A person in blue medical scrubs, face mask, and shield walks in an empty subway terminal.

Year in Review: Building an Equitable Healthcare System

This piece is part of our 2022 Year in Review, a reflection on some of the most urgent issues and causes that mattered most this year that we’ll face in the next – and the tangible ways you can take action. 

Like most things in this country, it’s apparent that there are two different Americas, with our race, class, citizenship status, and other social and identity markers determining how we work, where we live, and how we receive care. Within the healthcare system, this determines not only the accessibility but also the quality of care and services but also in the quality; not only the focus of research and medical studies but the dissemination of information and public health messaging; and not only in whose pain and ailments are taken seriously but in the administering of treatment and medication. 

As COVID-19 went from being a national concern to background noise in our “new normal,” these disparities have emphasized whose lives and deaths are seen as mere collateral damage. Equal is rarely equitable. The mere existence of an institution or system within our communities doesn’t mean it’s meant to help or save you. It’s important to understand this difference between equality and equity as we transform healthcare into one designed for all of us. 

TAKE ACTION

• Contribute to RIP Medical Debt to erase medical debt in the U.S.

• Donate to organizations like Autistic People of Color Fund, Autoimmune Community Institute, and the National Alliance of Multicultural Disabled Advocates that support and provide accessible services to disabled and immunocompromised people.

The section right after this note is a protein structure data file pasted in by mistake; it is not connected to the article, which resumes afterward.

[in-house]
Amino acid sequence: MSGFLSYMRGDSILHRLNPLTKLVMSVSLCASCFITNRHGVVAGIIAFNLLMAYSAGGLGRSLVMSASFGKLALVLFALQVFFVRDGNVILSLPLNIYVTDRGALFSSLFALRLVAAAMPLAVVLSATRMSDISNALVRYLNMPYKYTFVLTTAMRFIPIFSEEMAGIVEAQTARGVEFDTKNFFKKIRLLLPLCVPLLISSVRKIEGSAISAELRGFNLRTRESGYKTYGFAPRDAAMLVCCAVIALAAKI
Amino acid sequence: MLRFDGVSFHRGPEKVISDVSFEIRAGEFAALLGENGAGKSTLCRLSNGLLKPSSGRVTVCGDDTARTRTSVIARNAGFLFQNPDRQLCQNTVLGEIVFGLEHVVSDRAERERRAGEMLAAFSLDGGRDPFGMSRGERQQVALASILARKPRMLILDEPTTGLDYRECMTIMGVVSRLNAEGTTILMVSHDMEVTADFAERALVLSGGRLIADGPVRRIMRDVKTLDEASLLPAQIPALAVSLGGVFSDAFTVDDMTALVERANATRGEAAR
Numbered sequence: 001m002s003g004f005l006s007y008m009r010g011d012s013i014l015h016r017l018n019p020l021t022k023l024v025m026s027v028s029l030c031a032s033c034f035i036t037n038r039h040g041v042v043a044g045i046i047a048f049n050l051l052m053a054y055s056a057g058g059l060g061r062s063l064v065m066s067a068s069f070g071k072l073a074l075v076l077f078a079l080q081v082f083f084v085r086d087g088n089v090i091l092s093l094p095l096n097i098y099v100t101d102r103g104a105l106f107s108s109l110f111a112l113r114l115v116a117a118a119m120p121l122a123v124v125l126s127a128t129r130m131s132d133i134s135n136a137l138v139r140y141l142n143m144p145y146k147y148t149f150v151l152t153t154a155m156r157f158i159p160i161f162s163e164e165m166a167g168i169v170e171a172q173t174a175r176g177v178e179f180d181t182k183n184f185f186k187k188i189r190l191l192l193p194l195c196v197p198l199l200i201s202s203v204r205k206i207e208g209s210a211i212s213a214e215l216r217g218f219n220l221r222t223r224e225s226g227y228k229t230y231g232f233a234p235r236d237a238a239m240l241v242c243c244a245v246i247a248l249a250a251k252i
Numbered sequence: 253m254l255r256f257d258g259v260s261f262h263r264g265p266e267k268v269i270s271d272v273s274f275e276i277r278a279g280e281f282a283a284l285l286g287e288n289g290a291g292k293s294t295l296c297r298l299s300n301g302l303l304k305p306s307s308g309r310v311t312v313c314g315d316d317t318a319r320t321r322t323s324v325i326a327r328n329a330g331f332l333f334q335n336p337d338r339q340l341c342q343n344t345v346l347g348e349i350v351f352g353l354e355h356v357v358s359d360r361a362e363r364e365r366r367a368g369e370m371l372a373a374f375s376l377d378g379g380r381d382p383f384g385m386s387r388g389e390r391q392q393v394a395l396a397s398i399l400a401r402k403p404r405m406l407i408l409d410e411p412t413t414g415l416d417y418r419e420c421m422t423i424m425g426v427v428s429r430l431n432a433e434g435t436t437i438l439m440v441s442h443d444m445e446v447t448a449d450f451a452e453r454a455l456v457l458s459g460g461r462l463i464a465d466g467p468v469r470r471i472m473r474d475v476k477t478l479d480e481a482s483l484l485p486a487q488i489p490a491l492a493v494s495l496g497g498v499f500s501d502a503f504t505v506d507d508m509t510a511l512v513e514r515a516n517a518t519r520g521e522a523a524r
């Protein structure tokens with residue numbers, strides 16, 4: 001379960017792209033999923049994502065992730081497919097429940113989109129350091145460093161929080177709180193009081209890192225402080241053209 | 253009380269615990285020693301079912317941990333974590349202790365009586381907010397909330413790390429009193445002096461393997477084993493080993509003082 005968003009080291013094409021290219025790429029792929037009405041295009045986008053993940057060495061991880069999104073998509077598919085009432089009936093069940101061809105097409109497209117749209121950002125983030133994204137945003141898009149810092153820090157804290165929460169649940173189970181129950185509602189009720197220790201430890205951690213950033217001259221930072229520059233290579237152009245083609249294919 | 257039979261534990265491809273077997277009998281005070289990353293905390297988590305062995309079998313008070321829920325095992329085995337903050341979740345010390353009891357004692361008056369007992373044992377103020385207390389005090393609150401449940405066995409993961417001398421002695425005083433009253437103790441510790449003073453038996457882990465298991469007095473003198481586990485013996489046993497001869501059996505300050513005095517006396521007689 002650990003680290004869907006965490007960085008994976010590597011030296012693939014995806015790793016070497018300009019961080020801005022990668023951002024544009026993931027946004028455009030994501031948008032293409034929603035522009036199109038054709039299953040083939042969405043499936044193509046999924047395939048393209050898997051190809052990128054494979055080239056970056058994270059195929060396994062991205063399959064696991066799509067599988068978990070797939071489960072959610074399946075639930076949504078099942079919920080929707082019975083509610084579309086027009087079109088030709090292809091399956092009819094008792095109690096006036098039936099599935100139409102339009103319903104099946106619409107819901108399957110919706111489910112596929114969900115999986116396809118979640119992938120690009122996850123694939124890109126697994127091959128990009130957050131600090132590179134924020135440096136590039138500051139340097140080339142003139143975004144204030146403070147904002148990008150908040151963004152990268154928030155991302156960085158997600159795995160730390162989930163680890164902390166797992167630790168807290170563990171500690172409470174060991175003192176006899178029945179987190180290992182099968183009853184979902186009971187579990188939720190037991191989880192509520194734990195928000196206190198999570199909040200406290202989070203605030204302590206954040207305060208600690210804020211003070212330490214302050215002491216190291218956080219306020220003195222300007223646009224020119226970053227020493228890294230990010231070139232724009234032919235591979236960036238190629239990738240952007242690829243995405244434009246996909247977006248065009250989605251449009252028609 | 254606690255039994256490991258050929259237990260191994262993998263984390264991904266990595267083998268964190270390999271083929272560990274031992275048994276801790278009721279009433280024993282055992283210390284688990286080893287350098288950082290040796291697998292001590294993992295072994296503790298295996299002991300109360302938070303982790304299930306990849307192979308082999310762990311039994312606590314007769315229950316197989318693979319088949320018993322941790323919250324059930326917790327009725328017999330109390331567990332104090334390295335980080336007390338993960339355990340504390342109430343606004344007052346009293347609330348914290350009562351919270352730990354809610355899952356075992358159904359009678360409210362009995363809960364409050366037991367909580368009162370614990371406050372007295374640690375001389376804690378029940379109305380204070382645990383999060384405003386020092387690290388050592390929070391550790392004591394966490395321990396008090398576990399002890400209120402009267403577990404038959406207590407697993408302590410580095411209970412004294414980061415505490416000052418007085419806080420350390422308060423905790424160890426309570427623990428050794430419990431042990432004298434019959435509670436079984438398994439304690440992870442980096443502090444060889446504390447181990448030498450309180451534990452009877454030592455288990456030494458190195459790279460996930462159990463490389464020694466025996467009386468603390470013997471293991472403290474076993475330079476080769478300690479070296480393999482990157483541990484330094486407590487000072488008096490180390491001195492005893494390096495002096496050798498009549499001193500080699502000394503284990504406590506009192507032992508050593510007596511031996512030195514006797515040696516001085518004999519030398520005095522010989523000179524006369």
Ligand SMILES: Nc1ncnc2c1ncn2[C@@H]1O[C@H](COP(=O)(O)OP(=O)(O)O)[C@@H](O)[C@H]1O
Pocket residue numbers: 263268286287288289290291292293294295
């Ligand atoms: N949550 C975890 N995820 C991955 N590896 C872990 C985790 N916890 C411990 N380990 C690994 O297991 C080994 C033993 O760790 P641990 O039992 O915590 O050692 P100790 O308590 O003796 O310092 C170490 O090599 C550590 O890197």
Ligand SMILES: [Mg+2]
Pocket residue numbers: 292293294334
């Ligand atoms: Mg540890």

For patients:
• Download the Hutano app, a social health platform for Black and Brown people to find information, connect, and discuss their health.

RxAssist and NeedyMeds connect people to coupons, rebates, and other information.

Why Sunscreen Is Not A One-Size-Fits-All Answer For Skin Cancer

Generalized public health messaging without extensive community outreach and education is a disservice to underserved and marginalized communities. This is especially true when these awareness campaigns are declared as one-fit solutions for all but are the result of research and studies on white, often male, test subjects. Read More >>


America’s Failure To Integrate Hospitals

“If you arrived from another planet and saw two airports a mile apart, one for Black people and another for whites, you’d think this is some kind of weird apartheid…We don’t do that for airports, but somehow that’s where we’ve ended up with hospitals.” Healthcare disparities have always been present and are a prime example of how institutions as commonplace and integral as hospitals can cater to different people. Read More >>


The Deadly Cost Of Prescription Drug Prices

Healthcare costs are rising alongside the price of housing, gas, and groceries. More specifically, the cost of lifesaving prescription drugs like insulin has become so expensive and inaccessible that people are forced to go without them, resulting in deadly consequences. Change will require not reform but an overhaul of the pharmaceutical industry and the medical system that enables it. Read More >>


Can Safe Consumption End America’s Overdose Epidemic? 

When our leaders and social safety nets fail to keep us safe, healthy, fed, and housed, the solution is to help those in need by providing safer alternatives. For drug addiction and the current opioid epidemic, harm reduction methods like syringe exchange programs and safe consumption sites work by shifting intervention from incarceration and violence to support and care in hopes of saving lives. Read More >>

1920 1280 Dominique Stewart

Dominique Stewart

Dominique is a writer and editor whose interests lie within the intersections of social justice and culture. She has written and edited for several outlets, including Brooklyn Magazine, The Tempest, and the Broward-Palm Beach New Times. Dominique was the managing editor for a women’s health magazine called Sidepiece Magazine.

All stories by : Dominique Stewart
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